Nurses are the people that try to care.

They are the people that spend the most time with patients... sometimes with difficult patients, and with too many patients, too much time with patience ;)

Nursing is like a rude alarm in the middle of the night that reminds you that your decisions influence how long

a patient will live and what their future outlook will be. Welcome to the hospital, where you will run your butt in circles round and round- but sometimes it will never be enough not to go to bed thinking about your patient and wondering if you could have done anything different. Welcome to the chaos of responsibility overload- when you have too many patient's- and can't stop to catch your breath.

Welcome to compassion, where you will try to say "I'm sorry" too many times to parents and children that have to be poked. Where you will cover your kiddos in popsicles and stickers and play songs for them, to cover up the fact that they will never see their parents again. Welcome to etiquette and "bedside manner" as you deal with difficult families whose needs never seem to be met. Welcome to special needs, meeting children who will never be normal, but whose parents love them with a love more than words that could be expressed. Welcome to smiling, because you smile and smile and smile, in every room- because even when it's not ok, it's ok if you're a nurse.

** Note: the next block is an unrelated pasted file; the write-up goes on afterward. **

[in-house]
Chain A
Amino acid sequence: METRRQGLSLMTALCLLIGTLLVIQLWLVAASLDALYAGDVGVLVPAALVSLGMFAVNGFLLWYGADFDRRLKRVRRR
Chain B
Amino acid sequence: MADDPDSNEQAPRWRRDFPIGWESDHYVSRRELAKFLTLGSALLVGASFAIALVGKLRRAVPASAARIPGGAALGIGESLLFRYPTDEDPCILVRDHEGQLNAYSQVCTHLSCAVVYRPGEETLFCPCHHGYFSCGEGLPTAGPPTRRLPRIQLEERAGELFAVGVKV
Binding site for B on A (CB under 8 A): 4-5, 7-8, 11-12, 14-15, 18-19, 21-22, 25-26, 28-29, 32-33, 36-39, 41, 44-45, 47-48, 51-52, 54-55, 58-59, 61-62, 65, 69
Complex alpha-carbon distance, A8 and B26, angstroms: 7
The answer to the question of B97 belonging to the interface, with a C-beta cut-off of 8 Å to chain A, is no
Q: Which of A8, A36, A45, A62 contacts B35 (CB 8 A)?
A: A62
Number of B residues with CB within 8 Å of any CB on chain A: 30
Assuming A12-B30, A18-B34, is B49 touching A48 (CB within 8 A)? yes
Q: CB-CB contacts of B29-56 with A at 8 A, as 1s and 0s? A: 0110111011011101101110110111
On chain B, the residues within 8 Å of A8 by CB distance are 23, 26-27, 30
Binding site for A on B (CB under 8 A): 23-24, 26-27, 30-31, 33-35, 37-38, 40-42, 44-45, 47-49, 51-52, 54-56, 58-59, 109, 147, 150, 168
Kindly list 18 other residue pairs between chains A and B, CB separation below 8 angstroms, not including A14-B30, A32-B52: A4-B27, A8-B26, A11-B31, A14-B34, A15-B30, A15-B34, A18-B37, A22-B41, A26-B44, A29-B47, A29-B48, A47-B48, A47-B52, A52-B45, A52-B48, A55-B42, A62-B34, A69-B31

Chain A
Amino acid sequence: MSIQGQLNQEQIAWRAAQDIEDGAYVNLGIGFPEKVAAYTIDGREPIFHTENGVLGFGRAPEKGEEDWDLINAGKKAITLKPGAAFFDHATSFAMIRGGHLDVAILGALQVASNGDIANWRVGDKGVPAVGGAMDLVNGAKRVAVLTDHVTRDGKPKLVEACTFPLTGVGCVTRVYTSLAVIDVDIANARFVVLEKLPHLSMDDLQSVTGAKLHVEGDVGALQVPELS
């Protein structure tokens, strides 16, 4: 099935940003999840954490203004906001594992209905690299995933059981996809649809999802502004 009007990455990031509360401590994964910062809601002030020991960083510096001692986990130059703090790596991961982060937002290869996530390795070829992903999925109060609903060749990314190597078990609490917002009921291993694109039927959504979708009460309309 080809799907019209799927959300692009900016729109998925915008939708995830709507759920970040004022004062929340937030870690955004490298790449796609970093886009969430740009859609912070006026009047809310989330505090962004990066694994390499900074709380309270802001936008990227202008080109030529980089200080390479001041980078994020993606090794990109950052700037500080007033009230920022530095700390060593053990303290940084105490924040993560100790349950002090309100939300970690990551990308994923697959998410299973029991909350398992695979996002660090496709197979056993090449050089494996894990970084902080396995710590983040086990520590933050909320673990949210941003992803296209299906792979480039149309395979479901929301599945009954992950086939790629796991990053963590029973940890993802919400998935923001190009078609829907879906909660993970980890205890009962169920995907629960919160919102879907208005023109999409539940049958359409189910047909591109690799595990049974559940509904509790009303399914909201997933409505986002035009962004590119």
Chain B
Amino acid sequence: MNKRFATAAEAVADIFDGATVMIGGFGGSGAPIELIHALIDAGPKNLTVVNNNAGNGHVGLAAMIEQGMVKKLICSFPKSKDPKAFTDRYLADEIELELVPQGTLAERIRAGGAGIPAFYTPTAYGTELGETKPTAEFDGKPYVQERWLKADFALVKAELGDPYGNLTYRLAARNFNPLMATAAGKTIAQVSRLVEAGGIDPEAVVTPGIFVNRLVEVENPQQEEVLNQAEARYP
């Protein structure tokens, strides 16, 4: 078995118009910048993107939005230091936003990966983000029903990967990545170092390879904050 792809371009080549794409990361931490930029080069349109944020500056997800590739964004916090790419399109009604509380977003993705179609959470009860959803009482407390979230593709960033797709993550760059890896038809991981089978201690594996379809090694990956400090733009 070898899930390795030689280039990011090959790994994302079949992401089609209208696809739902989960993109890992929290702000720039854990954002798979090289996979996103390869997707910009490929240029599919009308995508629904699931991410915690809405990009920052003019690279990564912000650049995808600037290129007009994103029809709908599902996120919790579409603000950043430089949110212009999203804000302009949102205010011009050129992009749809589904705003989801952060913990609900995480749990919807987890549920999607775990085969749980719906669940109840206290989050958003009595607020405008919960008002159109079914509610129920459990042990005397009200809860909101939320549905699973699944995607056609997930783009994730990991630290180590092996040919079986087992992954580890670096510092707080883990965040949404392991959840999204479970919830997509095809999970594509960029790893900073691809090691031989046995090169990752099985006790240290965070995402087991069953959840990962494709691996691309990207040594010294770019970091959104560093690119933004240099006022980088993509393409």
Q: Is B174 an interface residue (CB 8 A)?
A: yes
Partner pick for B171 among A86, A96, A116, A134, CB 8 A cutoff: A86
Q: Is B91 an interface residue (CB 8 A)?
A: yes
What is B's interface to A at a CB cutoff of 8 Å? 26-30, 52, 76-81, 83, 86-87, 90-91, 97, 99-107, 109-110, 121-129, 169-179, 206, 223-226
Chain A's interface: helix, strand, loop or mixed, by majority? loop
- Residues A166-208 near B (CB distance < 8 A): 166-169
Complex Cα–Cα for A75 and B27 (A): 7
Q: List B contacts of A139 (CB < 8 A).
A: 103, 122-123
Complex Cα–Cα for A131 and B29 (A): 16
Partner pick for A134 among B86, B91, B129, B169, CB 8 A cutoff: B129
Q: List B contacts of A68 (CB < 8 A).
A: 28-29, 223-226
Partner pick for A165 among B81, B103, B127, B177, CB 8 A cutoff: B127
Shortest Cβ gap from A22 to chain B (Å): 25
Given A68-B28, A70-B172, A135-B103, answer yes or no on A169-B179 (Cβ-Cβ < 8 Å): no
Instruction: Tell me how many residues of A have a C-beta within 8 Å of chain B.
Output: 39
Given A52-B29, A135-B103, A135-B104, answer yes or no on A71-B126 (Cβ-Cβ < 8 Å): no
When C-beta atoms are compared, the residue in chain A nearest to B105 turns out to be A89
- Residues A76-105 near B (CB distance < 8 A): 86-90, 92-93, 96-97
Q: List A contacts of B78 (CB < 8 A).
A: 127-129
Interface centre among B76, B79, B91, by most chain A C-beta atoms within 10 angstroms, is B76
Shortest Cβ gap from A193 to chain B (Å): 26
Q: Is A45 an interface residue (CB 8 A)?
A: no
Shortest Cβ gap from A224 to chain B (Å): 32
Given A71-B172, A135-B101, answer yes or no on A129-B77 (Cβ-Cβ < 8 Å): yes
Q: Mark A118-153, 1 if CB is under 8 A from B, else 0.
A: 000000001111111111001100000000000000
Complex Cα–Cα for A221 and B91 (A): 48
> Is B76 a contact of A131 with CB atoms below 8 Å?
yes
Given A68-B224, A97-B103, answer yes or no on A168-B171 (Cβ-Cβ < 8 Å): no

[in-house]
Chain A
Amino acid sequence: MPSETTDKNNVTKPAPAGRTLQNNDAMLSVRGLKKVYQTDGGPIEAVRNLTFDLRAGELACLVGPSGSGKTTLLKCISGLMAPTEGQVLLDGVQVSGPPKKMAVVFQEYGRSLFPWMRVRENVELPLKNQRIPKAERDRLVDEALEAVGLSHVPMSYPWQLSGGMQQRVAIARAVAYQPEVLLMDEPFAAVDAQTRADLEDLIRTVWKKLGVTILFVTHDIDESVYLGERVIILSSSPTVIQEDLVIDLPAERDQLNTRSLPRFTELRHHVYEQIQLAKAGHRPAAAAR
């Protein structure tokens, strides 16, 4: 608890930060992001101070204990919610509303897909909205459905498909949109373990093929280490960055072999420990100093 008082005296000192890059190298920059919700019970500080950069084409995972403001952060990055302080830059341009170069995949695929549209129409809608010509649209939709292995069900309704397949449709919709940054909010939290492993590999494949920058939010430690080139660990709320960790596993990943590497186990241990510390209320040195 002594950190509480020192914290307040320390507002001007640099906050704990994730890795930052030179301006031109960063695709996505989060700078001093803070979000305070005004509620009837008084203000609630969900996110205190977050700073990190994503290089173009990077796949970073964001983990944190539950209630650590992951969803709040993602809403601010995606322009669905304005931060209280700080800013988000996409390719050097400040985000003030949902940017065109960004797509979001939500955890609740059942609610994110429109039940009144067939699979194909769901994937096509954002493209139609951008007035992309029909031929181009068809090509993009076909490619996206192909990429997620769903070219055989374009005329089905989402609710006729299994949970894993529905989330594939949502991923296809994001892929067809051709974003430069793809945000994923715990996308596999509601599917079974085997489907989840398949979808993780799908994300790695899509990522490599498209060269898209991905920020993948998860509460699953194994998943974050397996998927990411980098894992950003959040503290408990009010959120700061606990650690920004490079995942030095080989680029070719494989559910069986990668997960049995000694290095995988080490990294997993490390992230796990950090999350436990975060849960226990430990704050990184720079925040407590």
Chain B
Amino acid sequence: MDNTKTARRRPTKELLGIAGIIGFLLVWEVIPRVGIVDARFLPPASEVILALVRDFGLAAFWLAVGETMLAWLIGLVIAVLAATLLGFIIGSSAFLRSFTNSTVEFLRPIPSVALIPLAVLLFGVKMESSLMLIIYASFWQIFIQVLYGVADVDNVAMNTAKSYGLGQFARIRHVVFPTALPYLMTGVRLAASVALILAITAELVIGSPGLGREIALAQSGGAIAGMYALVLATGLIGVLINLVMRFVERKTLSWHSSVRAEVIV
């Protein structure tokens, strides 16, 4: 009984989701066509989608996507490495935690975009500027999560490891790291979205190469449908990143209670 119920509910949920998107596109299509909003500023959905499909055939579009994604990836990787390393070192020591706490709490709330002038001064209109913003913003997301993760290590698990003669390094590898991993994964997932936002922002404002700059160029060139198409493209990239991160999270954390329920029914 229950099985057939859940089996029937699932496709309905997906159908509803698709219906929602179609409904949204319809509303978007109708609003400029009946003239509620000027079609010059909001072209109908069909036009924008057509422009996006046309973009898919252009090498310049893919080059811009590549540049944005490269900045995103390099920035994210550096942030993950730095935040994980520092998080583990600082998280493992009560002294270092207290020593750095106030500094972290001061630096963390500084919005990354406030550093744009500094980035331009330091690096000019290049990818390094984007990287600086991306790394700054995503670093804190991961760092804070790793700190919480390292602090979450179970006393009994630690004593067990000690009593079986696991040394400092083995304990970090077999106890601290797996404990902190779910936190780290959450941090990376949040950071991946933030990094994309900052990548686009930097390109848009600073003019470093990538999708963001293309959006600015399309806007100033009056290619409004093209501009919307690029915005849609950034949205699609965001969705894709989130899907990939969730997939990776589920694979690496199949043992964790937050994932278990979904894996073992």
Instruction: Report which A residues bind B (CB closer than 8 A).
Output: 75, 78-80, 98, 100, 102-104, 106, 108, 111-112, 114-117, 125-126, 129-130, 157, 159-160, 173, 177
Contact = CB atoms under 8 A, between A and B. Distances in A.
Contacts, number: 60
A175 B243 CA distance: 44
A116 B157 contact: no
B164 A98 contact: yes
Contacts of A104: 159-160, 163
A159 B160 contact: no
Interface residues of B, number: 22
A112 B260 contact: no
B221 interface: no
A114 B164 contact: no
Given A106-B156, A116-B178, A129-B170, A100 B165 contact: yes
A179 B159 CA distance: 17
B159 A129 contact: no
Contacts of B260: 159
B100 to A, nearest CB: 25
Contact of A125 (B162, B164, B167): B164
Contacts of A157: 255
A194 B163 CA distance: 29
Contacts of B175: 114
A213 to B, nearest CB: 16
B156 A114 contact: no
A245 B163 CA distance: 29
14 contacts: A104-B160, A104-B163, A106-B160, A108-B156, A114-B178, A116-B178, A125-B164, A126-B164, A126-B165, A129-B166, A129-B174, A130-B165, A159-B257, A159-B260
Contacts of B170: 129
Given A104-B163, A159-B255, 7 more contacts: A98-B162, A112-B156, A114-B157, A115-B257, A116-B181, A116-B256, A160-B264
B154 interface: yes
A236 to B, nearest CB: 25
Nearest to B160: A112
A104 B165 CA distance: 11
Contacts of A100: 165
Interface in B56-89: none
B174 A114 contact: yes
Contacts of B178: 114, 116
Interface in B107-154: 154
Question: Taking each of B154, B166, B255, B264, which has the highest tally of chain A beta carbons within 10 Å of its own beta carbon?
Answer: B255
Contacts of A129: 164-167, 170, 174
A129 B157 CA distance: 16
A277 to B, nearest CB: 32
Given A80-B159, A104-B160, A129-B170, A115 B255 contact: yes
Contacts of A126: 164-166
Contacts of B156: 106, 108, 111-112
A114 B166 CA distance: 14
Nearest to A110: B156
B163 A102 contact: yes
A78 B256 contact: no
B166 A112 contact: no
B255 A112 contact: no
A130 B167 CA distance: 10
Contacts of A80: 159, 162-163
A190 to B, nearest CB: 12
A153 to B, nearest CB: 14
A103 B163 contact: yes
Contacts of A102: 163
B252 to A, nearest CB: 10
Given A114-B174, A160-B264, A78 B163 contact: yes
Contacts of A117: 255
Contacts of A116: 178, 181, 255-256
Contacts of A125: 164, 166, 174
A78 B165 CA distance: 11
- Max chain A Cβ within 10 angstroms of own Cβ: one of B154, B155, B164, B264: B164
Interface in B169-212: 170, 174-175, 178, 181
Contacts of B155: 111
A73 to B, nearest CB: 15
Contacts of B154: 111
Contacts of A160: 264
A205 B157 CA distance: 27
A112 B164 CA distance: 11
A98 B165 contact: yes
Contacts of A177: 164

Before God asked me to be a nurse, I thought nurses were "basic" and incompetent. I thought they were mean people because they sometimes yelled or forced their patients to do things or gave them shots.

Now, I admire nurses so much, they are my heroes, because I know what they go through. Nurses do their job because they love their patients and sometimes that is so difficult. I've seen so many nurses go home crying because of a families' or doctors harsh words. Nurses often give all the energy, care, and love they can-- and yet sometimes it's not enough to save a patient or receive a thank- you.